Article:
Why Is There Still a
Boys Who Dance?
Although TV shows positively portray male dancers, the stigma hasn't been fully erased. Here, Cole Mills partners Hannahlei Cabanilla on "So You Think You Can Dance." Photo by Adam Rose, Courtesy Fox
What is it about men in tights that makes people react so irrationally?
Especially here in the U.S., men are ridiculed and demeaned for choosing to dance, particularly in ballet. Boys are bullied, called f****t and labeled as "homo," hostile charges that impale the soul.
I remember quite clearly classmates and even my own family members calling me a sissy for studying ballet back in the 1960s and '70s. What terrified me was that they might discover I was gay when I wasn't even sure what to call my sexual orientation. I just wanted to dance.
You'd think things would have gotten much better, but many boys still face these issues.
That's a puzzle to me because there is now so much more exposure to dance in the media: "Dancing with the Stars," "So You Think You Can Dance," "World of Dance,"not to mention all the videos that suck you into the YouTube vortex. Don't we see the fierce dedication, hard work and athleticism that goes into creating a male dancer? Is that really only a dream for women?
Unfortunately, that much media exposure does not seem to enlighten those who disdain male dancers. A lack of understanding about dance continues to drive the homophobic reactions of bullies and bigots. Maybe this is because arts education programs that formerly provided students with exposure to the performing arts have been slashed or decreased in some areas. Little that doesn't represent machismo and monetization is considered valid.
Data compiled by Doug Risner, a professor of dance at Wayne State University in Detroit, shows that only 32 percent of male dancers have fathers who support their desire to dance. Typically, American dads only want their sons to be athletic on the sports field. Adding music and ballet technique—or tap dancing, contemporary movement, ballroom or jazz steps—to physicality somehow makes that pursuit unforgivably girlish.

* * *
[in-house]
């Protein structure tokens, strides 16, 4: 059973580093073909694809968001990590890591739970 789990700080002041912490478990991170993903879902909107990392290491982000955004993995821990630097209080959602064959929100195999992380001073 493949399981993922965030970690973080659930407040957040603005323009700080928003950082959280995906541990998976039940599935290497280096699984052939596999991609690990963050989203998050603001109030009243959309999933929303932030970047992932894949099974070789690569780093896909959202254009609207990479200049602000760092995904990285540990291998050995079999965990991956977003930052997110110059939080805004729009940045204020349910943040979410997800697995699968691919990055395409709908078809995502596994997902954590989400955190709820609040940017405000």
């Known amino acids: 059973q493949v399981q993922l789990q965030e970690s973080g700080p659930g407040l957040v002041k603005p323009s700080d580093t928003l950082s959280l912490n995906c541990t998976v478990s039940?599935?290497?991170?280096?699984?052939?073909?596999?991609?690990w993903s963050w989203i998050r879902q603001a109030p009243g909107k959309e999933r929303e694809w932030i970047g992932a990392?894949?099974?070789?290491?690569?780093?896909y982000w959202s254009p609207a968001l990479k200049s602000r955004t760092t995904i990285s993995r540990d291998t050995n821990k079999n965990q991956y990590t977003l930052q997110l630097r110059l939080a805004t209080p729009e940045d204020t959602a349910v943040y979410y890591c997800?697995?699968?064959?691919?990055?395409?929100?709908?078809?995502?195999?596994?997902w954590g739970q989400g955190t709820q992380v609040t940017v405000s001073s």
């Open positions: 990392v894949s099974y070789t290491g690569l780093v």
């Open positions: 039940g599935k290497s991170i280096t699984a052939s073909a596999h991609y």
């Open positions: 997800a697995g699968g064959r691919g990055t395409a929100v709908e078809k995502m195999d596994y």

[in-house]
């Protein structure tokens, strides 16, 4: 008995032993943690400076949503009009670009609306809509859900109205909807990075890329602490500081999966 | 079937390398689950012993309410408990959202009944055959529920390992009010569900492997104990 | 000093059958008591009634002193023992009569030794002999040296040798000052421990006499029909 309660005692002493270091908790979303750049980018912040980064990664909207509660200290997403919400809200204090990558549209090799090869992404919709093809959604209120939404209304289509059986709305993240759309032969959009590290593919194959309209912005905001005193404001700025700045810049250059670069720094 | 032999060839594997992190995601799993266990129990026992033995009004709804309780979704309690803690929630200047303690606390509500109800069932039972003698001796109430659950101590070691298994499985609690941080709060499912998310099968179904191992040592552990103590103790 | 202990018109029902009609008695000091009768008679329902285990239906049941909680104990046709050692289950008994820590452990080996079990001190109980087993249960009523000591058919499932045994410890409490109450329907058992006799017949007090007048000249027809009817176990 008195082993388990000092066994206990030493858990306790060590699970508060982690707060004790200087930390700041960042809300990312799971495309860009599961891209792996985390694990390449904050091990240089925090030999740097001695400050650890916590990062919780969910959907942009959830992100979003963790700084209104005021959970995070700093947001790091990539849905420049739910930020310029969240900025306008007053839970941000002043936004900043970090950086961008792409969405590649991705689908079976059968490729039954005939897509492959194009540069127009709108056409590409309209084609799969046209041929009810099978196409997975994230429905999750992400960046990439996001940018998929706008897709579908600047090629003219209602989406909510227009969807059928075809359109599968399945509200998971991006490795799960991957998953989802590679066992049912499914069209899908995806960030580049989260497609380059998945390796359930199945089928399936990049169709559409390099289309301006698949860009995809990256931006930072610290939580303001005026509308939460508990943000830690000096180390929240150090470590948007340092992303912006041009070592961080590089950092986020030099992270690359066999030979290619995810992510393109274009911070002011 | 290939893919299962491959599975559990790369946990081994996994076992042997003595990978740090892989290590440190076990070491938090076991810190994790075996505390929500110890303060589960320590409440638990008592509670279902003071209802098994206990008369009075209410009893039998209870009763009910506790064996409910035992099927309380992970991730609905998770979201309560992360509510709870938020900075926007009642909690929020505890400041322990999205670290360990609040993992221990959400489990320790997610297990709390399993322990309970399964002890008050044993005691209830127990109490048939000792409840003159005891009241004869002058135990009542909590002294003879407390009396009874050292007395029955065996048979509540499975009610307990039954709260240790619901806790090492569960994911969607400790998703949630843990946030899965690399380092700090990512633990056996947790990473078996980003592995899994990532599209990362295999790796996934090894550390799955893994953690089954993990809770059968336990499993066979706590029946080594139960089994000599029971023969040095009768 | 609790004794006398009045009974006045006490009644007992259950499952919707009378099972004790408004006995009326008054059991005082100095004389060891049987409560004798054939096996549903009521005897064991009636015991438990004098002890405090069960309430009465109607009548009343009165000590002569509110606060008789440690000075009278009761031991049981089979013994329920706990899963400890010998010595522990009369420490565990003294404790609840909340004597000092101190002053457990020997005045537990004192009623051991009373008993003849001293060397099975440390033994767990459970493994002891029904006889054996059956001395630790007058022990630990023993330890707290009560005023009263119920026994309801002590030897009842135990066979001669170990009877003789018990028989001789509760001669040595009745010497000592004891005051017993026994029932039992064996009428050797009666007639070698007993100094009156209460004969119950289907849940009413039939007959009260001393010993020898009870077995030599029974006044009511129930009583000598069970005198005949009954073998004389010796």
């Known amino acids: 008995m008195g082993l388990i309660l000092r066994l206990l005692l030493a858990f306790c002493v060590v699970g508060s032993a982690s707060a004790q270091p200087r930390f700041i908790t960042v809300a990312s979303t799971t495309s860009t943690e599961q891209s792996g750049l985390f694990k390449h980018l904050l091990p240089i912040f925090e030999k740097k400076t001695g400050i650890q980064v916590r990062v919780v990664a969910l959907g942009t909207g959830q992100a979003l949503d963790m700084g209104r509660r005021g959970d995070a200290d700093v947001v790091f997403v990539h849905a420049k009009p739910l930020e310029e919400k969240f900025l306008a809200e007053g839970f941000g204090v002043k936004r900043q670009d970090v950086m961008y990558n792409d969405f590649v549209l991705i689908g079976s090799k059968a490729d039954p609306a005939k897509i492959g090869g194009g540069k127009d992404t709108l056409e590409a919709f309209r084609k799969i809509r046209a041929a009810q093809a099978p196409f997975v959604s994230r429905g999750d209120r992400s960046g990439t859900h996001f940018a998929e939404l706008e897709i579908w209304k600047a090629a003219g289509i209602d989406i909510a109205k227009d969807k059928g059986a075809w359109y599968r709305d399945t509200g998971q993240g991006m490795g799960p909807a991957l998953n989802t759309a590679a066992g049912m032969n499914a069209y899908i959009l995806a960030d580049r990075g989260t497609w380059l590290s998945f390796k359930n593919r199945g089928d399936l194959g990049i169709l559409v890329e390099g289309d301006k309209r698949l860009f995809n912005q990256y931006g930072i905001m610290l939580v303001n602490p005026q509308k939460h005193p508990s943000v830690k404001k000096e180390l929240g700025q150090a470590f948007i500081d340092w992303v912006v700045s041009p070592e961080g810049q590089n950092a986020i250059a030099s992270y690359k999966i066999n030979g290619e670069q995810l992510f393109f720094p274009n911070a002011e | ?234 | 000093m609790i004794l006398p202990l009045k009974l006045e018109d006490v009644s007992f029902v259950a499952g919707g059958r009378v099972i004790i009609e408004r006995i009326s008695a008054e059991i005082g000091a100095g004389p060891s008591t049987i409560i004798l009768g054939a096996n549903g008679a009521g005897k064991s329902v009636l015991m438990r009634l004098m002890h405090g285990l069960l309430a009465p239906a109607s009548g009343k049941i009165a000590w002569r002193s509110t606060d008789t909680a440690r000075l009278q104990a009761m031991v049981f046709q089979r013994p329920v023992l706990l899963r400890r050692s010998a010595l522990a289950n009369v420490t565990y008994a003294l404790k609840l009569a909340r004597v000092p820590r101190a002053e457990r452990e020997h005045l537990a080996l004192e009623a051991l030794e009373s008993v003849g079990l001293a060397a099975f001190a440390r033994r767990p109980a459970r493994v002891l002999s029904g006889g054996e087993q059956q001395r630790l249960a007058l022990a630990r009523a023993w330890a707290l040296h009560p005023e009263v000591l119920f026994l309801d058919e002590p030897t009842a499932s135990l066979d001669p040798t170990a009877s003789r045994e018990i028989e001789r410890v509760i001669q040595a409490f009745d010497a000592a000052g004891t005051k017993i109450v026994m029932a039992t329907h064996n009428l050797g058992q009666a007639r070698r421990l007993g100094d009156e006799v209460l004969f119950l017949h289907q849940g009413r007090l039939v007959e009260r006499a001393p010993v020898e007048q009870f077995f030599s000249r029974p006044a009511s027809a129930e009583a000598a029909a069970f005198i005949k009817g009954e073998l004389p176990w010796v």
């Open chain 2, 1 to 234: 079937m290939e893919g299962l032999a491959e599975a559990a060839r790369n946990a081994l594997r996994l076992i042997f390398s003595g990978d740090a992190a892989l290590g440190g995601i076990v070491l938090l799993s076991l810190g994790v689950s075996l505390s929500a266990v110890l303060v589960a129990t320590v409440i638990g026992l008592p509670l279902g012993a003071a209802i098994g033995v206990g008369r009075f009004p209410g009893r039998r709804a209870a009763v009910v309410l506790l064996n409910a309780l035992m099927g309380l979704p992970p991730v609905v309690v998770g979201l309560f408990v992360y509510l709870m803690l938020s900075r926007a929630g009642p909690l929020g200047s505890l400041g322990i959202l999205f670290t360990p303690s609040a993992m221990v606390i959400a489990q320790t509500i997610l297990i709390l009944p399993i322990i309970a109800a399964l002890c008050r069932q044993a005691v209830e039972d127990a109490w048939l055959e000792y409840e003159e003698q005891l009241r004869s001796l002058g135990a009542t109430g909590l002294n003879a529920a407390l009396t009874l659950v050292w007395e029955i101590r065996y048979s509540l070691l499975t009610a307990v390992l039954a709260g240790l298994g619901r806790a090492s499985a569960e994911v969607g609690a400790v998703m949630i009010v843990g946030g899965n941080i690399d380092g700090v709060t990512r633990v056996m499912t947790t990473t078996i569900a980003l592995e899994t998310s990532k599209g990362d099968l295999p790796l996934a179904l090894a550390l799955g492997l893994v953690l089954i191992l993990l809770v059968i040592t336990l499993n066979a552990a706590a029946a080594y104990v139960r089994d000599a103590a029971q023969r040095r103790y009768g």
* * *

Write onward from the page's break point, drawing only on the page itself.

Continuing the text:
Much of this poisonous attitude springs from misogyny—currently permeating American politics and society—and the notion that the worst thing a man can do is to emulate what is perceived as exclusively female behavior.
Additionally, a fear of anything different from the cultural norm adds a xenophobic taint to public opinion. It probably doesn't help that ballet vocabulary is French (too froufrou) or that it's considered a Russian art form (too subversive—maybe even Communist!).
The performing arts in the U.S. have often been stamped suspiciously as "the other." For starters, look at the investigation of accomplished artists by the House Un-American Activities Committee in the 1950s. The verdict: Artists=abnormal, deviant, perverse.
Still, I have hope that consciousness is changing. Millennials and Gen Z show far more tolerance towards flexible gender definitions. According to a study by The Intelligence Group, a consumer research institution, more than two-thirds of those interviewed between the ages of 14 to 34 say that gender doesn't determine behavior or life aspirations as it once did.
I am also heartened to see better boys' programs in ballet schools nationwide that allow for boys to train with other boys so they won't feel so isolated in their ambitions. These opportunities also give young men a chance to discuss bullying and teasing and to discover ways to defuse verbal and physical assaults.
Smothering creative impulses can kill the spirit. I was lucky to survive the abuse and ignorance that derailed other young men. I don't want to see that happen to anyone else.
James Whiteside (Jayme Thornton for Dance Magazine)
Say you're perpetually impeccable designer Thom Browne. Say you're planning your Spring 2020 Paris menswear show along a "Versailles country club" theme. Say you want a world-class danseur to open the show with some kind of appropriately fabulous choreography.
Who do you call? James Whiteside, of course. On Saturday, the American Ballet Theatre principal—wearing pointe shoes and a glorious pinstriped tutu—kicked off Browne's presentation at the École des Beaux-Arts with a 15-minute, show-stealing solo. Whiteside choreographed the piece himself, with the help of detailed notes from the designer.
I'd been a professional dancer for five years when I realized the pain I'd been feeling in my hip and down my sciatic nerve was not going away. I had been treating it for two years as we dancers do—with regular visits to my masseuse, physical therapy, baths, ice and lots of Aleve—but I never stopped dancing. It finally dawned on me that if I kept going at the speed I was going (which was, well, speedy), the pain would only get more severe and unrelenting, and I might never dance again.
I told myself I'd take two months off, and all would be better.
That first morning when I woke up at 10 am, I had no idea what to do with myself. My life until that moment had been dictated by class and rehearsal, every hour accounted for. How should I fill the huge swath of time ahead of me?